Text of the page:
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Hall of Fame Polls: Abreu, Bonds: The polls work now

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Toronto Blue Jays vs San Francisco Giants - June 12, 2007 Photo by John Medina/WireImage

We have been doing Hall of Fame polls for years. We did one player per post in the past, but then SB’s story editor only allowed one vote per post. Now we can do multiple polls in a piece, so let’s do it, two guys, at a time this year, at least for the guys that have been on the ballot before.

All things going well, we should get through them before the end of the month. Unless the team makes a lot of news over the next three weeks. For some reason I’m picturing laughter here.

I’m going to skip guys on the ballot but who I don’t think anyone would think should be in the Hall.

Today we will do two.


Bobby Abreu is on the ballot for the second time. The first time on the ballot 5.5% of the BBWAA put him on their ballots, which just cleared the 5% hurdle to stay on the ballot. There have been times when players start in the single digits and gain votes over the years to make the Hall.

Abreu was a much better player than I thought.

Abreu had a very good 18-year career. In total, he hit .291/.395/.475 with 288 home runs and 400 steals (that surprises me) in 2425 games. The significant number, to me, is the 1476 walks (good for 20th all-time). He took over 100 walks in 8 straight seasons. He had OBPs above .400 in 9 seasons. I’d love the Jays to have a player who could get on base like that.

Bobby received MVP votes in 7 seasons (though his high mark was 14th. He had one Gold Glove, made 2 All-Star teams, and one Silver Slugger. Career he had a 60 bWAR.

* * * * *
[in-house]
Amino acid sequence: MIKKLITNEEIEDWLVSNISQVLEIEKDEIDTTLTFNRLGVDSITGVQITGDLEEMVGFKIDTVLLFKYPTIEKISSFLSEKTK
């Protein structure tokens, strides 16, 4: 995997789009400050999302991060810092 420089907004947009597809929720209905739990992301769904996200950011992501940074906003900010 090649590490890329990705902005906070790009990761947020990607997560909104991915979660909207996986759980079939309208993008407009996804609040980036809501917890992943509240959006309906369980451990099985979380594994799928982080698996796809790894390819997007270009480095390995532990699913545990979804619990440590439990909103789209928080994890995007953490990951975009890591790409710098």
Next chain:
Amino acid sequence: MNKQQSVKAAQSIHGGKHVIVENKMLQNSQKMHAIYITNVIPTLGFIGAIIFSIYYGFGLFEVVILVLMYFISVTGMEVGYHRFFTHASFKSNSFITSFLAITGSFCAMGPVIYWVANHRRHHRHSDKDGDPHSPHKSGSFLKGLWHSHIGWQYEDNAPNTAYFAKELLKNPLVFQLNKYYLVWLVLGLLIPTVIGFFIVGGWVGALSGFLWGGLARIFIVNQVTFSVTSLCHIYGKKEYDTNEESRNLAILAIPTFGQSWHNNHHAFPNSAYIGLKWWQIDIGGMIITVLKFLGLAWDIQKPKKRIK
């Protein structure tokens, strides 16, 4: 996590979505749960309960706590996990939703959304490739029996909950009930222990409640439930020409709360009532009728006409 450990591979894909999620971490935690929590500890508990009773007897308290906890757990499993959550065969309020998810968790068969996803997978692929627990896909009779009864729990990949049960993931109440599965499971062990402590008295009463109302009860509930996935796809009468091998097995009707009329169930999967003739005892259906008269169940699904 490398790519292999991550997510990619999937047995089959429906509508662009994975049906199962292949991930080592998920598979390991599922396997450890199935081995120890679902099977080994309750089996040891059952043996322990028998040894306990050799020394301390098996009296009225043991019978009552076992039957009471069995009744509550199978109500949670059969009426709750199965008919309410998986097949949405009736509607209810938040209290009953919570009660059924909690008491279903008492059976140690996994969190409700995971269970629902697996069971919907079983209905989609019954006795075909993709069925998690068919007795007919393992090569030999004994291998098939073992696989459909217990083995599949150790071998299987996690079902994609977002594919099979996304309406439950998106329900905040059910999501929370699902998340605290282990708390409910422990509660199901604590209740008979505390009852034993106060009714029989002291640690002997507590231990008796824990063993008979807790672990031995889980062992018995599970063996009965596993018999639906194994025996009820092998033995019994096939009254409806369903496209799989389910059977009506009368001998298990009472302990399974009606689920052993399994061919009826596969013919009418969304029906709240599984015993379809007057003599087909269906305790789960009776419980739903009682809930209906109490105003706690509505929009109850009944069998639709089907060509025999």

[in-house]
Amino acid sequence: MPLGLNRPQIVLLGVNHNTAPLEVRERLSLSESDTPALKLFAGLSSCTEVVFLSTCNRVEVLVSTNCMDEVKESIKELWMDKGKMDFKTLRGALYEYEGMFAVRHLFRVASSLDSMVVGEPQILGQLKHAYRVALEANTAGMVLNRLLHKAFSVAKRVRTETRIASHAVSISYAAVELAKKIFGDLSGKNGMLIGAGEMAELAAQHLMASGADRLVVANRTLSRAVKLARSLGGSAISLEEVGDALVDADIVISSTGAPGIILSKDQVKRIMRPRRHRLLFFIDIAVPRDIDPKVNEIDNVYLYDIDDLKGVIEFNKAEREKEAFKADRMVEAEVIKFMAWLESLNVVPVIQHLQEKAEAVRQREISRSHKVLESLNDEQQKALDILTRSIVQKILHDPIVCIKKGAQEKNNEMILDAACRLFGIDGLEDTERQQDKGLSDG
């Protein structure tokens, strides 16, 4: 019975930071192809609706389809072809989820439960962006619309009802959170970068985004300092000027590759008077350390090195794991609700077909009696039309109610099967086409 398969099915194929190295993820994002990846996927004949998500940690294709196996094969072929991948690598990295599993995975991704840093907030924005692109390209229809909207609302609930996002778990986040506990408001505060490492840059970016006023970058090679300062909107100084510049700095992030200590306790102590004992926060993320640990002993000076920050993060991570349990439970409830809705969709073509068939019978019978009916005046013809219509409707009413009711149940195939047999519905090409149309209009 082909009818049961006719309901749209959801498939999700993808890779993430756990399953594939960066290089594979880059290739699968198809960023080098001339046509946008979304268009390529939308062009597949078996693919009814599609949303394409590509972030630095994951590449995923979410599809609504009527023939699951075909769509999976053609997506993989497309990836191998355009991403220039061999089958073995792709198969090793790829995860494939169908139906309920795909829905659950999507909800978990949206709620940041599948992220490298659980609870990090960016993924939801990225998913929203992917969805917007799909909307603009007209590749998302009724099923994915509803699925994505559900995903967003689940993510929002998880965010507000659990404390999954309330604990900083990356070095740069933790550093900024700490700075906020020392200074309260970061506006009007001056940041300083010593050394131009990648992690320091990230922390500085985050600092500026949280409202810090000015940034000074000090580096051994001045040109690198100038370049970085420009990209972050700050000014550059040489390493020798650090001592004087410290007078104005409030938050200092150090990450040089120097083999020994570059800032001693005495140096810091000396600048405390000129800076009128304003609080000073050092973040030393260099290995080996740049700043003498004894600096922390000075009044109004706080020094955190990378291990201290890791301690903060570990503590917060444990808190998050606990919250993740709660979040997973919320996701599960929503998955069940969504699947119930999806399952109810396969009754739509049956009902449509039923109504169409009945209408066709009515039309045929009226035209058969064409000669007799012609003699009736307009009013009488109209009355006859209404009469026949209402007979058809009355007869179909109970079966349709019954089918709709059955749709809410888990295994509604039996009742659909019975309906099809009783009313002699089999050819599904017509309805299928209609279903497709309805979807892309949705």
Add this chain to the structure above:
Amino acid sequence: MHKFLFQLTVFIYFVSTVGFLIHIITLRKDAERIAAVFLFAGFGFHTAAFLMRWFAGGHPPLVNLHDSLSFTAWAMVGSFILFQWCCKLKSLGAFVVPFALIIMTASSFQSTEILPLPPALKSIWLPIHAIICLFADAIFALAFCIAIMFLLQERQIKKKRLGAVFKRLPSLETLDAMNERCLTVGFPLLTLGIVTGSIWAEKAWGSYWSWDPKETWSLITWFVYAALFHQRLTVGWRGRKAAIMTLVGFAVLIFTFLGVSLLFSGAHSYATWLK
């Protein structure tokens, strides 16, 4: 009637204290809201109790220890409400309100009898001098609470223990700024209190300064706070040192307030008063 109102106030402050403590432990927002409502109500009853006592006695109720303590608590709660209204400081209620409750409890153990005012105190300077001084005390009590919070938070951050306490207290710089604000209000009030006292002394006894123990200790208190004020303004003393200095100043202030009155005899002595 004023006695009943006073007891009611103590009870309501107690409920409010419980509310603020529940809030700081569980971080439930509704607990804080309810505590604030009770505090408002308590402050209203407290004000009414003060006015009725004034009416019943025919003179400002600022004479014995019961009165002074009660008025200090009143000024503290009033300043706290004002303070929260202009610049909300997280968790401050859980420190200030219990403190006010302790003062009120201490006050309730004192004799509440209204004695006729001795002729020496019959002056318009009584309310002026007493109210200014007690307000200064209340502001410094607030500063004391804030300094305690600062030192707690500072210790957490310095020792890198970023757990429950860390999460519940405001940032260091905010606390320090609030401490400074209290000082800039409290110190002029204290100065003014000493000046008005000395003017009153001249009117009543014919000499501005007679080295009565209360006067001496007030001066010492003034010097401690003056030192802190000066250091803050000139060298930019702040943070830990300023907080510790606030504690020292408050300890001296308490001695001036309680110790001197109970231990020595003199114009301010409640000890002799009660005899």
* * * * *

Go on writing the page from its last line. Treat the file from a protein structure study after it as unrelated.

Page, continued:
He doesn’t have the single stat that writers like to use to point to when voting. He doesn’t have 500 home runs, he doesn’t have 3000 hits (but then 2470 hits isn’t bad), but he did everything well. His career had a high peak, but he also had a long stretch of being useful after the peak.

He is the type of player I would love to have on my team. Not many thought of him as a Hall of Fame player during his career, but he was a very good player. In some ways, he is like Scott Rolen, a player who is good at everything.

You can see his career numbers here.

Poll

Would you vote Bobby Abreu in to the Baseball Hall of Fame?

This poll is closed

  • 23%
    Yes
    (56 votes)
  • 76%
    No
    (185 votes)
241 votes total Vote Now


Barry Bonds is on the ballot for the 9th time, so this is his second last chance. He received 60.7% of the vote last year.

There isn’t any doubt that Bonds used PEDs. My feeling is that if I think a player would have made the Hall without PEDs, then I don’t care if he used. In Bond’s case, he was going to be Hall-worthy even without the PEDs, in my opinion. He was the NL MVP in 1990, before when most of us think he started juicing. To me, he was the best player in baseball ever before his head got so big it started getting its gravitational pull.

You all know the numbers. He won the MVP award 7 times (and likely should have won it more), made 14 All-Star teams, and has 8 Gold Gloves. Baseball Reference has him number 2 in WAR, among position players in baseball history, at 158.1. He only trails Babe Ruth. He’s the all-time leader in home runs (762), walks (2558), and intentional walks (688).

And he used steroids. And he was (is) a jerk. Not that we don’t have a lot of jerks in the Hall of Fame. If there was a jerk quotient (some way of quantify jerkiness), let’s face it, Ty Cobb and several others would have 10 times the number Bonds’ number.

I have a hard time with writers being holy than thou over steroids when they ignored the problem back in the day. And, let’s face it, we all cheered when they were hitting home runs. I think Bonds would have Hall of Fame numbers even if he didn’t use. Ignoring one of the top 2 or 3 players in baseball history seems stupid for the Hall to do.

You can take a look at his numbers here.

Poll

Would you vote Barry Bonds into the Baseball Hall of Fame?

This poll is closed

  • 68%
    Yes
    (217 votes)
  • 31%
    No
    (101 votes)
318 votes total Vote Now